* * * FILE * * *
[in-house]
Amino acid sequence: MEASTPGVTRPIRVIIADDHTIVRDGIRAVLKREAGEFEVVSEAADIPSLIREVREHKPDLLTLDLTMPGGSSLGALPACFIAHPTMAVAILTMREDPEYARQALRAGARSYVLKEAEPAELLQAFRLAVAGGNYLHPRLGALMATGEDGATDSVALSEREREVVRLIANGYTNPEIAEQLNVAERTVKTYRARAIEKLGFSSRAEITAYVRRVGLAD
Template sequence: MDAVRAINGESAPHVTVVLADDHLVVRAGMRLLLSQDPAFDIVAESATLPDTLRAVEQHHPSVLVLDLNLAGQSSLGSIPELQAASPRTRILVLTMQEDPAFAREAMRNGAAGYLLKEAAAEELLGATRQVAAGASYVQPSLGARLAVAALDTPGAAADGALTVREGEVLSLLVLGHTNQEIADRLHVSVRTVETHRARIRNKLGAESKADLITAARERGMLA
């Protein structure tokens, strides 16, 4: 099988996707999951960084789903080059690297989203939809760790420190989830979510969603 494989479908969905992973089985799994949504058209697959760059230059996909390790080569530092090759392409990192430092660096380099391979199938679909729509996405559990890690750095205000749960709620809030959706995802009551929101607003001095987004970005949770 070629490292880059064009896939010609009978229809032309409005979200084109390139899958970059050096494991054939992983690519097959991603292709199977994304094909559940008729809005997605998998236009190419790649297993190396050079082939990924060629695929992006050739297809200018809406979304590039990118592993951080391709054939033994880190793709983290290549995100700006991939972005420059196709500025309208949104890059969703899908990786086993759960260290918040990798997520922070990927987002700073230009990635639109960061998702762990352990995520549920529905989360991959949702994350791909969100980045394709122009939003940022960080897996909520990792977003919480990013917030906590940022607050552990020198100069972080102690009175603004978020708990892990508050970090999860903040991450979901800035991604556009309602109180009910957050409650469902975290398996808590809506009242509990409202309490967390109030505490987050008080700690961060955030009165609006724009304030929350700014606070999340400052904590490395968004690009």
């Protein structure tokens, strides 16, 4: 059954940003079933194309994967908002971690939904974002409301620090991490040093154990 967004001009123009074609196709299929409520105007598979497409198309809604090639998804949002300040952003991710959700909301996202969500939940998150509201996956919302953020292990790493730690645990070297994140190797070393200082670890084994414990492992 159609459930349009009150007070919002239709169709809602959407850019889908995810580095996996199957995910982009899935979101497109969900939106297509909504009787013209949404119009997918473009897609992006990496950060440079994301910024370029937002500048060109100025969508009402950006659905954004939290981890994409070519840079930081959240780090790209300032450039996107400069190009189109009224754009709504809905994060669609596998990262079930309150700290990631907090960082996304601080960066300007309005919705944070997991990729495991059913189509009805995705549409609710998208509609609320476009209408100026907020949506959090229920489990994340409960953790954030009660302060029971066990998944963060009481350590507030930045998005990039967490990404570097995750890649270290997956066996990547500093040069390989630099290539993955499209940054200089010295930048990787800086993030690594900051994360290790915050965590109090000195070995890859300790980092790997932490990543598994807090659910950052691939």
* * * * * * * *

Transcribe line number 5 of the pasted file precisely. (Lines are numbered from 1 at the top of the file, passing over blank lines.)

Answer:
């Protein structure tokens, strides 16, 4: 059954940003079933194309994967908002971690939904974002409301620090991490040093154990 967004001009123009074609196709299929409520105007598979497409198309809604090639998804949002300040952003991710959700909301996202969500939940998150509201996956919302953020292990790493730690645990070297994140190797070393200082670890084994414990492992 159609459930349009009150007070919002239709169709809602959407850019889908995810580095996996199957995910982009899935979101497109969900939106297509909504009787013209949404119009997918473009897609992006990496950060440079994301910024370029937002500048060109100025969508009402950006659905954004939290981890994409070519840079930081959240780090790209300032450039996107400069190009189109009224754009709504809905994060669609596998990262079930309150700290990631907090960082996304601080960066300007309005919705944070997991990729495991059913189509009805995705549409609710998208509609609320476009209408100026907020949506959090229920489990994340409960953790954030009660302060029971066990998944963060009481350590507030930045998005990039967490990404570097995750890649270290997956066996990547500093040069390989630099290539993955499209940054200089010295930048990787800086993030690594900051994360290790915050965590109090000195070995890859300790980092790997932490990543598994807090659910950052691939």